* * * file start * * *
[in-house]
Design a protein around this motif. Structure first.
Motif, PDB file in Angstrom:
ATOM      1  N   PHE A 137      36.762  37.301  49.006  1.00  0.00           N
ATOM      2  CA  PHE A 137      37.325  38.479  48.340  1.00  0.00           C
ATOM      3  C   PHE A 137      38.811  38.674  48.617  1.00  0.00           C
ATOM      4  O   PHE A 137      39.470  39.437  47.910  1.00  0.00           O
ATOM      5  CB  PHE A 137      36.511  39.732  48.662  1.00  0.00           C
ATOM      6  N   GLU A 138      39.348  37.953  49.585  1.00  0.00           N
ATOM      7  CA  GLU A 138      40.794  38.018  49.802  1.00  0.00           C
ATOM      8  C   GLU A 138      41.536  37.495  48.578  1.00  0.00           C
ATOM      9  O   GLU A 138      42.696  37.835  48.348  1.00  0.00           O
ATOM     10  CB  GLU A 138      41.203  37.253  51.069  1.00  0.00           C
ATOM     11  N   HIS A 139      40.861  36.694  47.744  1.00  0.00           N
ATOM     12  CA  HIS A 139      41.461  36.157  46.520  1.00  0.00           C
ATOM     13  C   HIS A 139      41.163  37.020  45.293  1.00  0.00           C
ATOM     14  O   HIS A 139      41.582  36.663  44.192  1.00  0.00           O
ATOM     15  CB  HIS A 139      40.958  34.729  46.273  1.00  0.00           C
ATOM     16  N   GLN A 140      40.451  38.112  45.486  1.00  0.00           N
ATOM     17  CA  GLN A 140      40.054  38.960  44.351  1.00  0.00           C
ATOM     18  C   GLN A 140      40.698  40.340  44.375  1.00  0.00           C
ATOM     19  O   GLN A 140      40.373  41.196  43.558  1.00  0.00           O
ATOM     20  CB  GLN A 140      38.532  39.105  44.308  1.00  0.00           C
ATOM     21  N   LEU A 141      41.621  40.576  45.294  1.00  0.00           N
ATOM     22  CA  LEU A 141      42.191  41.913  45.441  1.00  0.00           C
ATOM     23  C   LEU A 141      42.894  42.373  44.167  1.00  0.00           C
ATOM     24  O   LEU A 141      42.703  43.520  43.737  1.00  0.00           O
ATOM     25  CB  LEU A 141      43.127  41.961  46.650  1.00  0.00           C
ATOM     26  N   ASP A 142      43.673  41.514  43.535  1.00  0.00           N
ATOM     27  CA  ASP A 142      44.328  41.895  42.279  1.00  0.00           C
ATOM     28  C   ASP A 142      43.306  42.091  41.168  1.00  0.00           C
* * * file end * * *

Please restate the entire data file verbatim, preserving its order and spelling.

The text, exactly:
[in-house]
Design a protein around this motif. Structure first.
Motif, PDB file in Angstrom:
ATOM      1  N   PHE A 137      36.762  37.301  49.006  1.00  0.00           N
ATOM      2  CA  PHE A 137      37.325  38.479  48.340  1.00  0.00           C
ATOM      3  C   PHE A 137      38.811  38.674  48.617  1.00  0.00           C
ATOM      4  O   PHE A 137      39.470  39.437  47.910  1.00  0.00           O
ATOM      5  CB  PHE A 137      36.511  39.732  48.662  1.00  0.00           C
ATOM      6  N   GLU A 138      39.348  37.953  49.585  1.00  0.00           N
ATOM      7  CA  GLU A 138      40.794  38.018  49.802  1.00  0.00           C
ATOM      8  C   GLU A 138      41.536  37.495  48.578  1.00  0.00           C
ATOM      9  O   GLU A 138      42.696  37.835  48.348  1.00  0.00           O
ATOM     10  CB  GLU A 138      41.203  37.253  51.069  1.00  0.00           C
ATOM     11  N   HIS A 139      40.861  36.694  47.744  1.00  0.00           N
ATOM     12  CA  HIS A 139      41.461  36.157  46.520  1.00  0.00           C
ATOM     13  C   HIS A 139      41.163  37.020  45.293  1.00  0.00           C
ATOM     14  O   HIS A 139      41.582  36.663  44.192  1.00  0.00           O
ATOM     15  CB  HIS A 139      40.958  34.729  46.273  1.00  0.00           C
ATOM     16  N   GLN A 140      40.451  38.112  45.486  1.00  0.00           N
ATOM     17  CA  GLN A 140      40.054  38.960  44.351  1.00  0.00           C
ATOM     18  C   GLN A 140      40.698  40.340  44.375  1.00  0.00           C
ATOM     19  O   GLN A 140      40.373  41.196  43.558  1.00  0.00           O
ATOM     20  CB  GLN A 140      38.532  39.105  44.308  1.00  0.00           C
ATOM     21  N   LEU A 141      41.621  40.576  45.294  1.00  0.00           N
ATOM     22  CA  LEU A 141      42.191  41.913  45.441  1.00  0.00           C
ATOM     23  C   LEU A 141      42.894  42.373  44.167  1.00  0.00           C
ATOM     24  O   LEU A 141      42.703  43.520  43.737  1.00  0.00           O
ATOM     25  CB  LEU A 141      43.127  41.961  46.650  1.00  0.00           C
ATOM     26  N   ASP A 142      43.673  41.514  43.535  1.00  0.00           N
ATOM     27  CA  ASP A 142      44.328  41.895  42.279  1.00  0.00           C
ATOM     28  C   ASP A 142      43.306  42.091  41.168  1.00  0.00           C